Rise, the opening event of Brent’s year as London Borough of Culture, is on 18 January

Brent gears up for borough of culture

Eleanor Mills, Issue 120/01, 24.12.2019
Brent's year as London Borough of Culture will put the area on the cultural map
Brent has been named the London Borough of Culture (LBoC) 2020 by the mayor of London, Sadiq Khan, following in the footsteps of the inaugural recipient of the award, Waltham Forest, which held a programme of cultural events last year.

The initiative aims to “bring Londoners of all ages and backgrounds together”, and “place culture firmly at the heart of local communities” via a “programme of ambitious cultural activities celebrating the unique character of local people and places”.

In the first two years, 22 of the 32 London boroughs submitted bids. Six received a Cultural Impact Award for exemplary individual projects, which have taken place between 2018 and 2020. Waltham Forest and Brent each received £1.35m.

Lorna Lee, the executive director of communications and communities at LBoC 2019, who oversaw the cultural programme in Waltham Forest, says the award brought a range of changes inside and outside the borough, and within the council itself. Last year, more than 1,000 events were delivered through about 800 partnerships.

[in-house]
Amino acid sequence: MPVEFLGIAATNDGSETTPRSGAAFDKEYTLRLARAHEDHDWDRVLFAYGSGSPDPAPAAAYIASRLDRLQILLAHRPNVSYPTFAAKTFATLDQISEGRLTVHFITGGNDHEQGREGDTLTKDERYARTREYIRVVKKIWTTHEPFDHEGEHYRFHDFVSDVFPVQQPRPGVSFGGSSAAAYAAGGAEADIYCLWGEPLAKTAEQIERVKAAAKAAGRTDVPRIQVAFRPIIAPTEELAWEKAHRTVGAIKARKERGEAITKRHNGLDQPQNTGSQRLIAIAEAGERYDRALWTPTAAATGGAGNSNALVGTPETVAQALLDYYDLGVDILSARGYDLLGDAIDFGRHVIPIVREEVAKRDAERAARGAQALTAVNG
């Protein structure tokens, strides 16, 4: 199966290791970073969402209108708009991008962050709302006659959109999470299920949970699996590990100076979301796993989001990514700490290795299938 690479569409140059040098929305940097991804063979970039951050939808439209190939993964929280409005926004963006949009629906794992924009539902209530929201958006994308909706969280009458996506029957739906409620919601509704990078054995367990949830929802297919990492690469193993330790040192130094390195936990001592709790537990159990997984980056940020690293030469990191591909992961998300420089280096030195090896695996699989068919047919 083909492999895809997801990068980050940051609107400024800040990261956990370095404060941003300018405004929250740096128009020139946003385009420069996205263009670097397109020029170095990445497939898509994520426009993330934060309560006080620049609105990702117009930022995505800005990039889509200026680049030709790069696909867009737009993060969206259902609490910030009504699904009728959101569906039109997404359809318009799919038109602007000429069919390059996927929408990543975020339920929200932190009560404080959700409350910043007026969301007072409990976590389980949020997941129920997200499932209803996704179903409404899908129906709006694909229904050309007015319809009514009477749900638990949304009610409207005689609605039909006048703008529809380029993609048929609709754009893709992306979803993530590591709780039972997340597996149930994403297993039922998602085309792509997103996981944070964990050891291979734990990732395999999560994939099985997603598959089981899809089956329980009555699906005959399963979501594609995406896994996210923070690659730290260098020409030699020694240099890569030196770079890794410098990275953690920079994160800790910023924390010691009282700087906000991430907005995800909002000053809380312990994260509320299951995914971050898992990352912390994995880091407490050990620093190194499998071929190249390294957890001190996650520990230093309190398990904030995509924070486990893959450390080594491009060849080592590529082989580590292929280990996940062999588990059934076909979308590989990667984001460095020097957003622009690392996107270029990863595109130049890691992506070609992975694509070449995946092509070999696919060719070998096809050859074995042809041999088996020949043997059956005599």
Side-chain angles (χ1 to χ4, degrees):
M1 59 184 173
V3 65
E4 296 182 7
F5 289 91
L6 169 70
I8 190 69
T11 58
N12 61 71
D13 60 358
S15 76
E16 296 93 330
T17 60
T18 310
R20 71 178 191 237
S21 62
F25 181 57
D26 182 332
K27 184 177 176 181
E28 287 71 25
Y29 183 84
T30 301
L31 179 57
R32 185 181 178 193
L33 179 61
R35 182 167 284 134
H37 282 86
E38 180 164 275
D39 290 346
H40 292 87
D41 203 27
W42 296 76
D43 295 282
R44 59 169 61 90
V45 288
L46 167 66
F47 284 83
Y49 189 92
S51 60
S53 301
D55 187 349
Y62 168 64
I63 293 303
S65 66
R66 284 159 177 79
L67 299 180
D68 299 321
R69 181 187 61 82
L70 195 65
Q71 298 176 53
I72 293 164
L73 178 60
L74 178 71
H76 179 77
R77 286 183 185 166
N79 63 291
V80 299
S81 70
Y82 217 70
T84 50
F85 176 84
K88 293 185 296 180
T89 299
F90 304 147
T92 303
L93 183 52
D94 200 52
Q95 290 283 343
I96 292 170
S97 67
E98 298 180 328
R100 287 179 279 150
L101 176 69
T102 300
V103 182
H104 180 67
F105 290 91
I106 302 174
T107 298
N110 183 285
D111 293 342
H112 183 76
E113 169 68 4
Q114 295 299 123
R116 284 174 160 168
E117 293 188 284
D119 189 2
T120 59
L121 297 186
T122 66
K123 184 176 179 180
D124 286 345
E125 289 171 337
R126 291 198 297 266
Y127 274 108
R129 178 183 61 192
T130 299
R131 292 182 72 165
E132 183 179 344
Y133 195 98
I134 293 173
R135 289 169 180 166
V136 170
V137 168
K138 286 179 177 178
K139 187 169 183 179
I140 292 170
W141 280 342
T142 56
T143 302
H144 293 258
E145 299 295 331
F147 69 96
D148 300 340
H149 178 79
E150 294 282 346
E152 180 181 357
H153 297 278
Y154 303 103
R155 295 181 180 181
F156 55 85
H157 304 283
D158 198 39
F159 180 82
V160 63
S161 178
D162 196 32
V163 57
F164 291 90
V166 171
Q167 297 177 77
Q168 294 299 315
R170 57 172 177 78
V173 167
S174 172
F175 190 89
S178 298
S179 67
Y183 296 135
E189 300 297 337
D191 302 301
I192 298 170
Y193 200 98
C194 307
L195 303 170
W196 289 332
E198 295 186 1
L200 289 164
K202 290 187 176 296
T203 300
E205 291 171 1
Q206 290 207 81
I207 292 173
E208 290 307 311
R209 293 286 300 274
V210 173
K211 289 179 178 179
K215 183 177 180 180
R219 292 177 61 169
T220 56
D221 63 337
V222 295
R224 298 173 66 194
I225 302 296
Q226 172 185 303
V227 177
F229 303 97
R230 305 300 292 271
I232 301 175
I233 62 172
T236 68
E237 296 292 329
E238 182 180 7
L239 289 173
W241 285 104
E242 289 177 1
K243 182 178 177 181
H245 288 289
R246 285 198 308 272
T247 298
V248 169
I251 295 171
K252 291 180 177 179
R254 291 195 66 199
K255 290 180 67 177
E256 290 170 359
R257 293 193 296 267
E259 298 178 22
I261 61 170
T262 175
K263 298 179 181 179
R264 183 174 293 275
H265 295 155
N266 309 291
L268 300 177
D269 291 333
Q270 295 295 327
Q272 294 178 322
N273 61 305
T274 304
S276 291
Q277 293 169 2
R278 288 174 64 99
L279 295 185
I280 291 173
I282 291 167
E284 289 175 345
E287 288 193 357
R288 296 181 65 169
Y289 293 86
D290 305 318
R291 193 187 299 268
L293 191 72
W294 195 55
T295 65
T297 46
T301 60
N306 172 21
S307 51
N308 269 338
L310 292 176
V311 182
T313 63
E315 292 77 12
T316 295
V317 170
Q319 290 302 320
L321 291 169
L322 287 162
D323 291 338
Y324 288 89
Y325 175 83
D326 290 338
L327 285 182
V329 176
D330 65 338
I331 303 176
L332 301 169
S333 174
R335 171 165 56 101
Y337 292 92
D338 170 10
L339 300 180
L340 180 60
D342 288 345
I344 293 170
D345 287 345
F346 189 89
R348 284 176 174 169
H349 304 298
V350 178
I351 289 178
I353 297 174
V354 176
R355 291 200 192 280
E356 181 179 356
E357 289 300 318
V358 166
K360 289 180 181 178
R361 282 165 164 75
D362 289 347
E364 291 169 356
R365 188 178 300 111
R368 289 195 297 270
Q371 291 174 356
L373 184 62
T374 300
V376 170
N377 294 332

“We already knew that Waltham Forest was a creative place with a heritage of creative people, but we’ve continued to discover the incredible depth and breadth of talent and enthusiasm in the borough,” says Lee.

“One of the areas of change has been in creating new, and strengthening existing, networks. Whether through our grants programme or commissions, people from across the borough have come together to create activity and get involved.”

During the first nine months of the year, there were more than 510,000 additional visits to cultural activity across the borough, each of the 88 local schools actively participated and 43% of households had attended an LBoC event. The target was to attract 500,000 visits to cultural activity, and to engage with 80% of schools and 85% of households.

Lois Stonock, the artistic director of Brent 2020, says: “We want our programme to put Brent on the map. We want it to platform the artists, movements and history of the borough. It is giving us the opportunity to work closely with artists and the creative sector in Brent to understand what is important to them and how we can support them in the long term.”

Parallel to the LoBC initiative, £11m is being invested in six Creative Enterprise Zones, including the outer London boroughs of Croydon, Hounslow and Haringey, to “support artists and creative businesses, and develop skills and jobs for Londoners”.

Justine Simons, the deputy mayor of London, says: “From the London Borough of Culture to the six Creative Enterprise Zones and Culture Seeds grants giving grassroots creativity the chance to shine, this is the most ambitious cultural programme City Hall has ever delivered.”

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